The law has, in effect, become a tool for impatient citizens seeking revenge.
Just the Facts, Ma’am
To get a permanent restraining order injunction, you have to show up at a hearing, present your evidence, and let the other person present evidence that contradicts yours. Think Judge Judy, with both sides telling their story, and someone like me deciding which party to believe. You’ll have to present “clear and convincing evidence of a credible threat of violence” demonstrated by “a course of conduct” that has “no legitimate purpose”: “a pattern of behavior composed of a series of acts over a period of time, however short, evidencing a continuity of purpose.”
If you don’t, you won’t get that permanent injunction—at least not in my court when I was presiding over these cases. I expected real evidence and consequences. The law may say I have to accept hearsay evidence when making my decision, but it doesn’t say I had to give it any weight, so I gave it the weight it deserved. If I was going to issue a court order telling someone what they could not do or say, I expected you to persuade me that you weren’t just being inconvenienced; you really felt frightened or beleaguered.
To get a temporary restraining order, though, all you have to do is fill out a form claiming that you feel threatened. You don’t have to prove anything, offer a shred of evidence, or file a police report.
What’s more, you don’t even have to tell the other person you’ve filed against them until after it’s too late for them to do anything about it. In fact, in most instances, the Respondent doesn’t know what’s happened until just before the hearing.
It’s All about Filing out the Form
Three of the most important questions on the CH-100 can be answered simply by putting an “x” in a box and providing a brief explanation:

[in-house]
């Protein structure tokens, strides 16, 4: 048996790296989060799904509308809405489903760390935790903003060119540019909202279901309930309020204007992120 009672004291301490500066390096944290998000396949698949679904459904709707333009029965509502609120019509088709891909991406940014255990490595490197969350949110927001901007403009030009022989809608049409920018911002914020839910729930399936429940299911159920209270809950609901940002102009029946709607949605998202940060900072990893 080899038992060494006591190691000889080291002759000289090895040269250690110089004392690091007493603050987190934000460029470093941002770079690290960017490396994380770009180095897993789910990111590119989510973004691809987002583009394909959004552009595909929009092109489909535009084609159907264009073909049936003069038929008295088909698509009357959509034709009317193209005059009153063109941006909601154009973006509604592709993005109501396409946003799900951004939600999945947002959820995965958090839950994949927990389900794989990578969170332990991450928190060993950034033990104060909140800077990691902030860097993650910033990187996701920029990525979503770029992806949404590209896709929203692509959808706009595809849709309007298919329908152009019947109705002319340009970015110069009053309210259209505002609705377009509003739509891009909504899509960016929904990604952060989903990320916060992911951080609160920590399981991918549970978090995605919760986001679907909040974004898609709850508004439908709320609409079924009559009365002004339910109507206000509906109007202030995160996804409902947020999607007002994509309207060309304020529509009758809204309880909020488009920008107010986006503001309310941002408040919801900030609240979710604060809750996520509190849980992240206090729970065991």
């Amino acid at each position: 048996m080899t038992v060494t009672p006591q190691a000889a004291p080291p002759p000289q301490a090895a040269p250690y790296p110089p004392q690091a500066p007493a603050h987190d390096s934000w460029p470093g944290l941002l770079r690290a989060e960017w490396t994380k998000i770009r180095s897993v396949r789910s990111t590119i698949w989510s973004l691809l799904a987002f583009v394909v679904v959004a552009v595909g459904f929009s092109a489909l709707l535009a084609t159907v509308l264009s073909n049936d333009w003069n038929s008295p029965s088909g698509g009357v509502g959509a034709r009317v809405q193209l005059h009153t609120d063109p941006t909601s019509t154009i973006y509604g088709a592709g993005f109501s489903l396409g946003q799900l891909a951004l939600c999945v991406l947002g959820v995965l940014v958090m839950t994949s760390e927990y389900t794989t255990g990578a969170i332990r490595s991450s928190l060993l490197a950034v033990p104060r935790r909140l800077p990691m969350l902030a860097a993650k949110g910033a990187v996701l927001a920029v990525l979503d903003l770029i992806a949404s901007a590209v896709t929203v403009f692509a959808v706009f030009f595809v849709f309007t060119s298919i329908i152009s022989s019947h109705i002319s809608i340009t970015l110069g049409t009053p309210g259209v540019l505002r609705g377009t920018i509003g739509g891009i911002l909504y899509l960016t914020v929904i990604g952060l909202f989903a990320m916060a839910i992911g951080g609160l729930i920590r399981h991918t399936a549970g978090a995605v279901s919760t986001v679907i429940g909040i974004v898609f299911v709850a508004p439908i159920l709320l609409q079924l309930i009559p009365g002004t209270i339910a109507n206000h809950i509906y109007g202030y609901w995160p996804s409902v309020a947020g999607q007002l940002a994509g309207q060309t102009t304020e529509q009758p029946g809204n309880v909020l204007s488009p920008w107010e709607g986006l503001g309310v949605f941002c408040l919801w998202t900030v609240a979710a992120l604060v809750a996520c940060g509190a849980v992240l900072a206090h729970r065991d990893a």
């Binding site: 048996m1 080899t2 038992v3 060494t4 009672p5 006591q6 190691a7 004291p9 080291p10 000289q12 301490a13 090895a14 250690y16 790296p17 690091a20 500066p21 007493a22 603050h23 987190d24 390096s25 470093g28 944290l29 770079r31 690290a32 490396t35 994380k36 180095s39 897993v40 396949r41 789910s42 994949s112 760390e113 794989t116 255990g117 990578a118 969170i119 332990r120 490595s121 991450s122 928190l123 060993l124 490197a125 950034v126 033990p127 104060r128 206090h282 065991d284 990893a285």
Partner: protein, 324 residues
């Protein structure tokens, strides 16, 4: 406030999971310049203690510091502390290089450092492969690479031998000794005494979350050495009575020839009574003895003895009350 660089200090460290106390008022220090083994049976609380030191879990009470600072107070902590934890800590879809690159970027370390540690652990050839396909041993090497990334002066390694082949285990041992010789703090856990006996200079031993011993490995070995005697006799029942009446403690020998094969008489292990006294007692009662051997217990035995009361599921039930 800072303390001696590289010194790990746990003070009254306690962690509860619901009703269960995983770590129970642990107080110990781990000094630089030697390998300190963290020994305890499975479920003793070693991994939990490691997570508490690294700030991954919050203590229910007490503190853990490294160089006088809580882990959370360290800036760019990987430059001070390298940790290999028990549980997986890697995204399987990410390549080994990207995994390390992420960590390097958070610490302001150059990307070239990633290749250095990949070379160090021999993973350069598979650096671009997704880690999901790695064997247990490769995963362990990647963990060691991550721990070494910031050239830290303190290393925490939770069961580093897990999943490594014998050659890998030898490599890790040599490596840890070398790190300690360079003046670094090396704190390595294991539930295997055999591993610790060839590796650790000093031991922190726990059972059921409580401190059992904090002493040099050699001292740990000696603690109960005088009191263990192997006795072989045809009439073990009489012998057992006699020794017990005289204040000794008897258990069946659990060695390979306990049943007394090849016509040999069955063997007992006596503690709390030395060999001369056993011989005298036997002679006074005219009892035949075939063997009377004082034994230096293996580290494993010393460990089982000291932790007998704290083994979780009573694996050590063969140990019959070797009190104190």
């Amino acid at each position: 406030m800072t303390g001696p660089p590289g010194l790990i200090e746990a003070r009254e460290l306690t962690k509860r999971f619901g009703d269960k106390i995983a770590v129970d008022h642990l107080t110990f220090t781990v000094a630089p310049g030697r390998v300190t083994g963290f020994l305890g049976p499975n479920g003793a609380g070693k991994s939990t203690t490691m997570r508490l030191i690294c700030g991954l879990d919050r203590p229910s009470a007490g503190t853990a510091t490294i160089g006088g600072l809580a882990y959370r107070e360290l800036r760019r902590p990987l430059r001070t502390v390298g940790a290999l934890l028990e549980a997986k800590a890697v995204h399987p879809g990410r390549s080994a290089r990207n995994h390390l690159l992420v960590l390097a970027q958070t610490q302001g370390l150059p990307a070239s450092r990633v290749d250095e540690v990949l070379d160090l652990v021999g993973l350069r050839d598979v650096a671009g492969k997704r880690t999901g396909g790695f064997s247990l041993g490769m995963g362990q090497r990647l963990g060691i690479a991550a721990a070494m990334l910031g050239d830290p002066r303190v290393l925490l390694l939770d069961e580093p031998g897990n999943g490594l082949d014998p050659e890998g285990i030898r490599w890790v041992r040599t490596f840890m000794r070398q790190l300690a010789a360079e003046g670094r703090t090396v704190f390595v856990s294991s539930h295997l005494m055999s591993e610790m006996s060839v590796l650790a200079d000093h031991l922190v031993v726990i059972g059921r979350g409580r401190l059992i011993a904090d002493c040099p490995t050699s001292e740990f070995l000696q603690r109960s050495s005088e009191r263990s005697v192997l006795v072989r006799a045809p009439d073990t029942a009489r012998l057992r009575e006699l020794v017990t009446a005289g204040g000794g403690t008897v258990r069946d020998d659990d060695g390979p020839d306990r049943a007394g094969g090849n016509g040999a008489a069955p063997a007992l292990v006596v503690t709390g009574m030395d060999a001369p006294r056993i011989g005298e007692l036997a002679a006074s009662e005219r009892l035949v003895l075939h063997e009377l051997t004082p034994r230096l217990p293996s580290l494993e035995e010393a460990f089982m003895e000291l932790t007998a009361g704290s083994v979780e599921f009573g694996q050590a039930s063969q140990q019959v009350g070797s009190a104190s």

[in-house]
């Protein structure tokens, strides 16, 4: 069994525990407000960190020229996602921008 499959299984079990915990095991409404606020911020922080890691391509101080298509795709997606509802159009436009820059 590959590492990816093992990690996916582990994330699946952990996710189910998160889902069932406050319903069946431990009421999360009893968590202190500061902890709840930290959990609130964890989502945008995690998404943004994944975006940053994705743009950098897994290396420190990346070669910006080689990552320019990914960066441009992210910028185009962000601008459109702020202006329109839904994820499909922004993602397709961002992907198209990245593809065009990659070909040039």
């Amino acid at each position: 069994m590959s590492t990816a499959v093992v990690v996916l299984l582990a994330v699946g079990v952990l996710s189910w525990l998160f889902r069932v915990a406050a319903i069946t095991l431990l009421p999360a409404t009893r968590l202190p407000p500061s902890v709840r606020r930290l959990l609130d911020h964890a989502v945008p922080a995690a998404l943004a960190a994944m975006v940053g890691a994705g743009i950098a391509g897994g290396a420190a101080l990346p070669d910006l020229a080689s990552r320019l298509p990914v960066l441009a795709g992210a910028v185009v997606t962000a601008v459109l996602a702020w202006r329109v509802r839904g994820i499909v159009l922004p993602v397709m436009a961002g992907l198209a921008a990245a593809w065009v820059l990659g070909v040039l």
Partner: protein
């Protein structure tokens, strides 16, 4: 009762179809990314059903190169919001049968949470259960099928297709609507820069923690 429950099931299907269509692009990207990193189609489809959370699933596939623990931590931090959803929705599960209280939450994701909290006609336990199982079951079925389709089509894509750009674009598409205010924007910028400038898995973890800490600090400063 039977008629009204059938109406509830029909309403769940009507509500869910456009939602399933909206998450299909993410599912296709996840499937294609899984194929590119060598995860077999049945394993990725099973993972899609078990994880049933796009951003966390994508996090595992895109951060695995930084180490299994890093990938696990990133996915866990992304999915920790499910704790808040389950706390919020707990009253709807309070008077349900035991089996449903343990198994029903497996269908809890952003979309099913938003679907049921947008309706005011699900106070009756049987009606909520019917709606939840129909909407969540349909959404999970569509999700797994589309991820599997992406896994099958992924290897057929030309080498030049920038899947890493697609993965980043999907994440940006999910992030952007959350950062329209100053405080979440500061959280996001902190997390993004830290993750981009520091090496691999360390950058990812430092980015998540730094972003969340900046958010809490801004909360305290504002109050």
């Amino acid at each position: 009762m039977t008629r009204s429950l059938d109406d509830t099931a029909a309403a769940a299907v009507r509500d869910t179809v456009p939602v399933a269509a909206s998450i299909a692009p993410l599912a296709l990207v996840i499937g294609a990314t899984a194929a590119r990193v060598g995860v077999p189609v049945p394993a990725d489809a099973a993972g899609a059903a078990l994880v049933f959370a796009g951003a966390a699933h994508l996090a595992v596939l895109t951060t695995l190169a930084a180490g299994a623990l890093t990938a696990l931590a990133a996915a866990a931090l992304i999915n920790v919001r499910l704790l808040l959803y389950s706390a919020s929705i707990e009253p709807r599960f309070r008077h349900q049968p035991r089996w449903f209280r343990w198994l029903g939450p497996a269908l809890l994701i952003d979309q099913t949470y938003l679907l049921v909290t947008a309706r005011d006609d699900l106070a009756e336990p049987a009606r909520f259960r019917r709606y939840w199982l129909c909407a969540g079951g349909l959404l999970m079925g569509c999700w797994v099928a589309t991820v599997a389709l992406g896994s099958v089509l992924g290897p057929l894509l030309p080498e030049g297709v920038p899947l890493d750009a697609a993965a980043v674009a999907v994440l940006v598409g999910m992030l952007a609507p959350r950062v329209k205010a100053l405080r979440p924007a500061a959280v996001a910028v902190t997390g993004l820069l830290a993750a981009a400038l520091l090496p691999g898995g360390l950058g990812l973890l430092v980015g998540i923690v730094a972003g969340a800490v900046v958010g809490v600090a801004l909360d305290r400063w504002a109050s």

- Box 11: Immediate Orders, which asks the court to make the “prior restraint” order effective right now, even though the Respondent has had no chance to offer their own defense,
- Box 12: Request to Give Less than Five Days’ Notice, which asks the court to do an end-run around the Respondent’s right to be informed in time to prepare that defense, and
- Box 13: No Fee for Filing or Service, which allows the Petitioner to not pay to a) file the petition, usually a $430 fee, or b) have a sheriff or marshal serve the Respondent, usually a nominal fee.
Then it comes down to one of the Superior Court judges who preside over these cases to weigh the Petitioner’s concerns against the Respondent’s rights.
The Petitioner’s POV
If you’re the Petitioner, you want your court order, and you want it with little or no hassles. You’re being harassed. You’re scared, you feel spied on, your inbox is flooded, people you know are being hassled—you have reason to be upset, frightened, or concerned. You don’t have the patience or the money to file in civil court. Besides, what if something happens between now and when your case comes up? You need action now!